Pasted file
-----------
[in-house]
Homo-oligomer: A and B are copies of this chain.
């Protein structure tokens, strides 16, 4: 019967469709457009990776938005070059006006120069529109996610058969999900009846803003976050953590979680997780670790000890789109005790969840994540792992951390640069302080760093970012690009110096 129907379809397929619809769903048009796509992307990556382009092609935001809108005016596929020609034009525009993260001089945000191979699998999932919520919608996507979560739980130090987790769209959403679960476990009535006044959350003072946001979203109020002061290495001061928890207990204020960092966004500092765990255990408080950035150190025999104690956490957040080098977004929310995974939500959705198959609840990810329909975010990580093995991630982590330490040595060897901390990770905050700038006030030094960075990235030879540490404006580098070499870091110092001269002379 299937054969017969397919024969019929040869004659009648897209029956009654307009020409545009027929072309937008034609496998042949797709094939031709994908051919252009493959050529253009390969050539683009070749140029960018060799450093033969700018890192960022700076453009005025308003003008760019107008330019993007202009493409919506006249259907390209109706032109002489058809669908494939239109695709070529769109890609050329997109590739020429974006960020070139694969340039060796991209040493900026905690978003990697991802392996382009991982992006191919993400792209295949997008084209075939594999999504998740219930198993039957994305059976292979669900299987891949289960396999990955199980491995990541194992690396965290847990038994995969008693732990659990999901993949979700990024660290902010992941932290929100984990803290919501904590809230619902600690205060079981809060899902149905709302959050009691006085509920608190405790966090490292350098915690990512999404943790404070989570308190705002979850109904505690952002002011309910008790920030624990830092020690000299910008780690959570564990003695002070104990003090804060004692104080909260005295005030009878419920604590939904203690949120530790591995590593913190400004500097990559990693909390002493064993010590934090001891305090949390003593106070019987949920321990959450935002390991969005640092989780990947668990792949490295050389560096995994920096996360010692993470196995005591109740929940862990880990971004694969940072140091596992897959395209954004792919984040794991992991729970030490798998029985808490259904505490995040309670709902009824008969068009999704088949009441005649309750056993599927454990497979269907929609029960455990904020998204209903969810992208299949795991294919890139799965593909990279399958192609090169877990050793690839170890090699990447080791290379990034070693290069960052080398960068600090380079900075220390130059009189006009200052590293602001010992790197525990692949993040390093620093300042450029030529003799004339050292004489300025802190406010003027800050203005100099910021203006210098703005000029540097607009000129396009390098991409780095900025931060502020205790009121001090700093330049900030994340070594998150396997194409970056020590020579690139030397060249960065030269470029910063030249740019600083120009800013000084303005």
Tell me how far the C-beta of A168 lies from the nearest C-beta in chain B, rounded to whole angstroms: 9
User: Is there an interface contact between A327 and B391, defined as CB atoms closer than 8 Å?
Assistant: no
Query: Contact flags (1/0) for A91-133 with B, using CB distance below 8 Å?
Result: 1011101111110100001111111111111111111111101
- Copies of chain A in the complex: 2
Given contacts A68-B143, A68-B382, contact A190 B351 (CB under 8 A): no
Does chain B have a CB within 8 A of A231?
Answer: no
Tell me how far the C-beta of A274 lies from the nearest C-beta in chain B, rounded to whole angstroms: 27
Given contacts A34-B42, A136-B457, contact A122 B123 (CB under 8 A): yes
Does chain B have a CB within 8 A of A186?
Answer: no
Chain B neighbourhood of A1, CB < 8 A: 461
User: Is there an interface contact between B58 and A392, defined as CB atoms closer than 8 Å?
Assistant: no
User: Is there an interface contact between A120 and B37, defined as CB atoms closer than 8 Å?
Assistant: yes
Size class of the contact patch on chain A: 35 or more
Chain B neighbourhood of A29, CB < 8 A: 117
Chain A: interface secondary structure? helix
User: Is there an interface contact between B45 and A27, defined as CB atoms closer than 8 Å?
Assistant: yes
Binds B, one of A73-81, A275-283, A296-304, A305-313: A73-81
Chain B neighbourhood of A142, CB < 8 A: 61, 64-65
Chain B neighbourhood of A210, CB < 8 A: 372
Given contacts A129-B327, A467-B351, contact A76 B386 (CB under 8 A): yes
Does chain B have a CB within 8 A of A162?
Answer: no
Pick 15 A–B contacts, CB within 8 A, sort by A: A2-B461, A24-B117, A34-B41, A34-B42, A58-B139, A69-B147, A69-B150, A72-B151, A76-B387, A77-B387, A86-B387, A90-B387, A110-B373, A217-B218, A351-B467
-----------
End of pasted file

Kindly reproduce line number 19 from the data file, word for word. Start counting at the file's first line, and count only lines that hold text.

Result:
Assistant: no